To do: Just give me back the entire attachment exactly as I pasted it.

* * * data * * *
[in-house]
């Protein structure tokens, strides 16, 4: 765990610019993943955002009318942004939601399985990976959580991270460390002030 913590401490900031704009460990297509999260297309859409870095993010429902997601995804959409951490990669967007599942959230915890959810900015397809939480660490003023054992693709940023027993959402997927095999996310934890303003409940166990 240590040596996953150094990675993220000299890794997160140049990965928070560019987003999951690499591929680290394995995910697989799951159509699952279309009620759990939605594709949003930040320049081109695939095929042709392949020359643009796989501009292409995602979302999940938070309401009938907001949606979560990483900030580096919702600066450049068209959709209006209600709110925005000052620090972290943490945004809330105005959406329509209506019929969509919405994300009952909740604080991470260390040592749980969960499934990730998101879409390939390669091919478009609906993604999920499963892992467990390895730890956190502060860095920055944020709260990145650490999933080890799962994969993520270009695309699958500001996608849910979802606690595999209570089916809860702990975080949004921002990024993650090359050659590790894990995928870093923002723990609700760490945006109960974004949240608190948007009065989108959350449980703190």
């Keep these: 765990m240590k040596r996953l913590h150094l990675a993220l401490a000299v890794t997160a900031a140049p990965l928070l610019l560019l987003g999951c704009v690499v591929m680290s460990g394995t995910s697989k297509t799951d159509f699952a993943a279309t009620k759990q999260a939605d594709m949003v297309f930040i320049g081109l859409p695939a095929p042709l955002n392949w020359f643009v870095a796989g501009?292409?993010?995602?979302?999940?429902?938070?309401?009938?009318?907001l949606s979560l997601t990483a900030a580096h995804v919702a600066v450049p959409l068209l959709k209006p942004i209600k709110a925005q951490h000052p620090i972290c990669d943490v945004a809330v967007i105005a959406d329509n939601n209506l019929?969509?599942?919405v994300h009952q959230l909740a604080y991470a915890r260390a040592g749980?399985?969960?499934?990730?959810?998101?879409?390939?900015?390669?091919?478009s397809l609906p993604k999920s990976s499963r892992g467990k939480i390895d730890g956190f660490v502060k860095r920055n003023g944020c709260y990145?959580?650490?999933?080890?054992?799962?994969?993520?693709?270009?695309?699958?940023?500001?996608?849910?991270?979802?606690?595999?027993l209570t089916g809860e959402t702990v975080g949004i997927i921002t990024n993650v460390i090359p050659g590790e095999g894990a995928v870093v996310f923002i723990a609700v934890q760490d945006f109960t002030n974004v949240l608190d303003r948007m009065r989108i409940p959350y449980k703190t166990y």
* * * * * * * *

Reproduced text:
[in-house]
């Protein structure tokens, strides 16, 4: 765990610019993943955002009318942004939601399985990976959580991270460390002030 913590401490900031704009460990297509999260297309859409870095993010429902997601995804959409951490990669967007599942959230915890959810900015397809939480660490003023054992693709940023027993959402997927095999996310934890303003409940166990 240590040596996953150094990675993220000299890794997160140049990965928070560019987003999951690499591929680290394995995910697989799951159509699952279309009620759990939605594709949003930040320049081109695939095929042709392949020359643009796989501009292409995602979302999940938070309401009938907001949606979560990483900030580096919702600066450049068209959709209006209600709110925005000052620090972290943490945004809330105005959406329509209506019929969509919405994300009952909740604080991470260390040592749980969960499934990730998101879409390939390669091919478009609906993604999920499963892992467990390895730890956190502060860095920055944020709260990145650490999933080890799962994969993520270009695309699958500001996608849910979802606690595999209570089916809860702990975080949004921002990024993650090359050659590790894990995928870093923002723990609700760490945006109960974004949240608190948007009065989108959350449980703190």
């Keep these: 765990m240590k040596r996953l913590h150094l990675a993220l401490a000299v890794t997160a900031a140049p990965l928070l610019l560019l987003g999951c704009v690499v591929m680290s460990g394995t995910s697989k297509t799951d159509f699952a993943a279309t009620k759990q999260a939605d594709m949003v297309f930040i320049g081109l859409p695939a095929p042709l955002n392949w020359f643009v870095a796989g501009?292409?993010?995602?979302?999940?429902?938070?309401?009938?009318?907001l949606s979560l997601t990483a900030a580096h995804v919702a600066v450049p959409l068209l959709k209006p942004i209600k709110a925005q951490h000052p620090i972290c990669d943490v945004a809330v967007i105005a959406d329509n939601n209506l019929?969509?599942?919405v994300h009952q959230l909740a604080y991470a915890r260390a040592g749980?399985?969960?499934?990730?959810?998101?879409?390939?900015?390669?091919?478009s397809l609906p993604k999920s990976s499963r892992g467990k939480i390895d730890g956190f660490v502060k860095r920055n003023g944020c709260y990145?959580?650490?999933?080890?054992?799962?994969?993520?693709?270009?695309?699958?940023?500001?996608?849910?991270?979802?606690?595999?027993l209570t089916g809860e959402t702990v975080g949004i997927i921002t990024n993650v460390i090359p050659g590790e095999g894990a995928v870093v996310f923002i723990a609700v934890q760490d945006f109960t002030n974004v949240l608190d303003r948007m009065r989108i409940p959350y449980k703190t166990y």